For a transportation solution to truly solve our problems, it must:

  • Be statewide and flexible. We want a system that provides funding to the whole state, addressing a full array of needs and creating flexible local funds.
  • Have a new, sustainable funding source. The general fund in Colorado alone cannot meet this need. While there may be some patches or band-aid solutions from the legislature, we will ultimately need an updated funding source. It’s worth repeating: CDOT estimates we need $9 billion just meet the transportation needs of our state right now.
  • Dedicate significant dollars to multi-modal (non-car) options. We need a system that works for all people, and that means all modes of getting around. This might mean funding for transit districts, sidewalks, shuttles for people who are disabled or elderly, rapid bus transit on highway corridors, and more. The system needs to move people, not just cars.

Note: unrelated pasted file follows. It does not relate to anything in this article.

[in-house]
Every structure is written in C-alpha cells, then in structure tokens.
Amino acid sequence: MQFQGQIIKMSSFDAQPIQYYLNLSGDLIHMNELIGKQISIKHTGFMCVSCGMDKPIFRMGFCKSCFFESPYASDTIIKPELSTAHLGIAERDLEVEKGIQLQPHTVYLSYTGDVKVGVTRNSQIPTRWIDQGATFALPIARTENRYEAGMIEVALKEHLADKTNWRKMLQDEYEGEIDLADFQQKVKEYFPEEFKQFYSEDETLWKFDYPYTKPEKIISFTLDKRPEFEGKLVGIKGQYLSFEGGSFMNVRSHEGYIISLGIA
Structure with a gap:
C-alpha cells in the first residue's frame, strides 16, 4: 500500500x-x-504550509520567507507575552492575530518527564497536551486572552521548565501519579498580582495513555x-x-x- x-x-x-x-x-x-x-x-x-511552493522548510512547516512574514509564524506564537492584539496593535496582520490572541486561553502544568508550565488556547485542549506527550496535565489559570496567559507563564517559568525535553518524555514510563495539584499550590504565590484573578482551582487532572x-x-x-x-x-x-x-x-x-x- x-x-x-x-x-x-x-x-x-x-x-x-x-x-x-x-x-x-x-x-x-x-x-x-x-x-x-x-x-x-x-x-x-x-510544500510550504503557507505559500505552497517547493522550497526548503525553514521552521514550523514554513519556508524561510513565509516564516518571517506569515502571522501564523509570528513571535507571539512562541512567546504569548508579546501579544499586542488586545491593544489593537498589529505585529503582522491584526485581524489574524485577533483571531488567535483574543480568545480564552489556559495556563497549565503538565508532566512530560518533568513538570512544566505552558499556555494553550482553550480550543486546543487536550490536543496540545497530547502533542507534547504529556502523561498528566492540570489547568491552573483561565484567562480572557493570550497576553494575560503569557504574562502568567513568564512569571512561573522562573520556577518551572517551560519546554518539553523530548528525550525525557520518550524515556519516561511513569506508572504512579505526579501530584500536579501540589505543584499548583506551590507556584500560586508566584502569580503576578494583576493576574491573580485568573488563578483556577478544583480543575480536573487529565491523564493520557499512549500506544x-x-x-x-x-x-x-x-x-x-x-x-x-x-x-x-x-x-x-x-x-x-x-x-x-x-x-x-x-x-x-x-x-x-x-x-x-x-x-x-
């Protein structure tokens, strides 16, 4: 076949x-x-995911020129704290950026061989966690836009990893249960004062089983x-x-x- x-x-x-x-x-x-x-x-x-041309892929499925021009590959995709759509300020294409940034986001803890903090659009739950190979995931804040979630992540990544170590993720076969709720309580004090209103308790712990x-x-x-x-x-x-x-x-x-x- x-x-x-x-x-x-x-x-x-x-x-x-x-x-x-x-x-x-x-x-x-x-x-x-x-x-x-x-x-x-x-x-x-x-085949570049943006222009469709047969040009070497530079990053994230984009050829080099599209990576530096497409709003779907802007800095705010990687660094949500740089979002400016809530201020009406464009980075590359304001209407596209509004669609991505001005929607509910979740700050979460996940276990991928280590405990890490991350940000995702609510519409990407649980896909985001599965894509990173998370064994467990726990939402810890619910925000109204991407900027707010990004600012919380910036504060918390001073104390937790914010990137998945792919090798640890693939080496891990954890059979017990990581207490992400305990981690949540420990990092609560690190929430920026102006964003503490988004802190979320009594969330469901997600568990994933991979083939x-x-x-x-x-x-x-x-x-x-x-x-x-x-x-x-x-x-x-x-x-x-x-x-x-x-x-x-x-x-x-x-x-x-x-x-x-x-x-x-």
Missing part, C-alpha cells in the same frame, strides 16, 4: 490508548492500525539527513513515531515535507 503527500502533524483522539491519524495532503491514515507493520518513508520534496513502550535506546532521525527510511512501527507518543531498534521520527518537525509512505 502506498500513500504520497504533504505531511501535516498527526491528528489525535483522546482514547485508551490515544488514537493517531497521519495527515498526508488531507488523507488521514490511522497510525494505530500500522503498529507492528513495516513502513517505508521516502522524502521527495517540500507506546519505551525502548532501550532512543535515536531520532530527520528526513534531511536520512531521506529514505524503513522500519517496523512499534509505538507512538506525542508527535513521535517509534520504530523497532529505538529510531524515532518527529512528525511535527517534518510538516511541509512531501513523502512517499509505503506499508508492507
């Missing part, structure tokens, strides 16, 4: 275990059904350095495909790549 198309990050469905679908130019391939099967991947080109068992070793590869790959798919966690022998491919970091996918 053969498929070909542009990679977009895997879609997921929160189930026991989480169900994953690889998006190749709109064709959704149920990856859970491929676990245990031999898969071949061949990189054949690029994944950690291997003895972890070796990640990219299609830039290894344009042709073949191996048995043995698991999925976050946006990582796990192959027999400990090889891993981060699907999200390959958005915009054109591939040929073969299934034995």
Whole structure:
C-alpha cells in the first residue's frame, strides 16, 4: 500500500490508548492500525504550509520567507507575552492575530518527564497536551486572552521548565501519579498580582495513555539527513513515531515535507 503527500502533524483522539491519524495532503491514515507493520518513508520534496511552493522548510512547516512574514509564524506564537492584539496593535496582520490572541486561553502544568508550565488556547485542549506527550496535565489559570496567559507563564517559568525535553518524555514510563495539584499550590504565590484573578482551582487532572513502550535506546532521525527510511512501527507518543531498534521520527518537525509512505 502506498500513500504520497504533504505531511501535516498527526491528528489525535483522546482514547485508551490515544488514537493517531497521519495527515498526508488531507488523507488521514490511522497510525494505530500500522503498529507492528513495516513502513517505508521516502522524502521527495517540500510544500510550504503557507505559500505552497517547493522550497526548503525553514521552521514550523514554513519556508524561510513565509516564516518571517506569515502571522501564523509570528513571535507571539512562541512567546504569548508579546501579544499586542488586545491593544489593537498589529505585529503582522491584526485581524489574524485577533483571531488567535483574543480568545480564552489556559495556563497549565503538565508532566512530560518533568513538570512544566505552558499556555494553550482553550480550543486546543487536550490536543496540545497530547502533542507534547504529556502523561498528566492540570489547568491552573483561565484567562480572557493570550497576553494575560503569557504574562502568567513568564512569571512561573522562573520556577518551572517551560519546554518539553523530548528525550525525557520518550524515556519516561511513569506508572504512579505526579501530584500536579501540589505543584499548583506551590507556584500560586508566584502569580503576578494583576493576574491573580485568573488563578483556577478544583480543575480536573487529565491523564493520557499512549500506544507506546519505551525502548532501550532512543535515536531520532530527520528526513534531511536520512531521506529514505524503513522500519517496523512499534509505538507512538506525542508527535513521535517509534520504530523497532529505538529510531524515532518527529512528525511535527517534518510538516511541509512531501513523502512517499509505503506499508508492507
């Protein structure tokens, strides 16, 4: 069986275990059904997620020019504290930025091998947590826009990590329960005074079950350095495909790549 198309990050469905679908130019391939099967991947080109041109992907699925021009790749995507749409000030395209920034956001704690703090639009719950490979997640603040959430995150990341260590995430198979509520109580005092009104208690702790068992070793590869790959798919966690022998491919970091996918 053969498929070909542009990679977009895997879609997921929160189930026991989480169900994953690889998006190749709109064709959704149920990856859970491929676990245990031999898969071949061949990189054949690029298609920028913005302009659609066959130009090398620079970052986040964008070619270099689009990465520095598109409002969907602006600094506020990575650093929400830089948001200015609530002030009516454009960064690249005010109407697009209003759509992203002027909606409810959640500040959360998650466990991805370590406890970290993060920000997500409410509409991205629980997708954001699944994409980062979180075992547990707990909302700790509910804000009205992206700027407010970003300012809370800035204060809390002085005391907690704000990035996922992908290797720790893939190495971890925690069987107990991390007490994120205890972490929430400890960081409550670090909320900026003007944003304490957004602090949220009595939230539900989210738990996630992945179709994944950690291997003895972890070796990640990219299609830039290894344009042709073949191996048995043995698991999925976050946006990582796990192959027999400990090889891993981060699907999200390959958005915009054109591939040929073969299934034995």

Time and again, the debate comes down to these problems. This year’s funding proposal is an irresponsible attempt to address this serious problem. It fails to meet criteria #2 and #3 above, prompting us to ask two questions:

Where’s the money coming from?

Some people seem to think the funding solution is easy and straightforward, that using existing resources to bond for transportation. But taking a bond (or loan) against our already narrow budget is not free money. Locking hundreds of millions of dollars into bonding without creating a new revenue source merely shifts the problem down the road to future generations. If Colorado is stuck making bond payments during another recession, we would need to cut other critical areas from the budget, which could mean less money for things like schools or health care. The general fund cannot be the only source of funding. Solutions for transportation can include bonding, but it should be done responsibly, with a new source of revenue to pay for it and in a way that does not mortgage our future.

How is it addressing our long-term needs?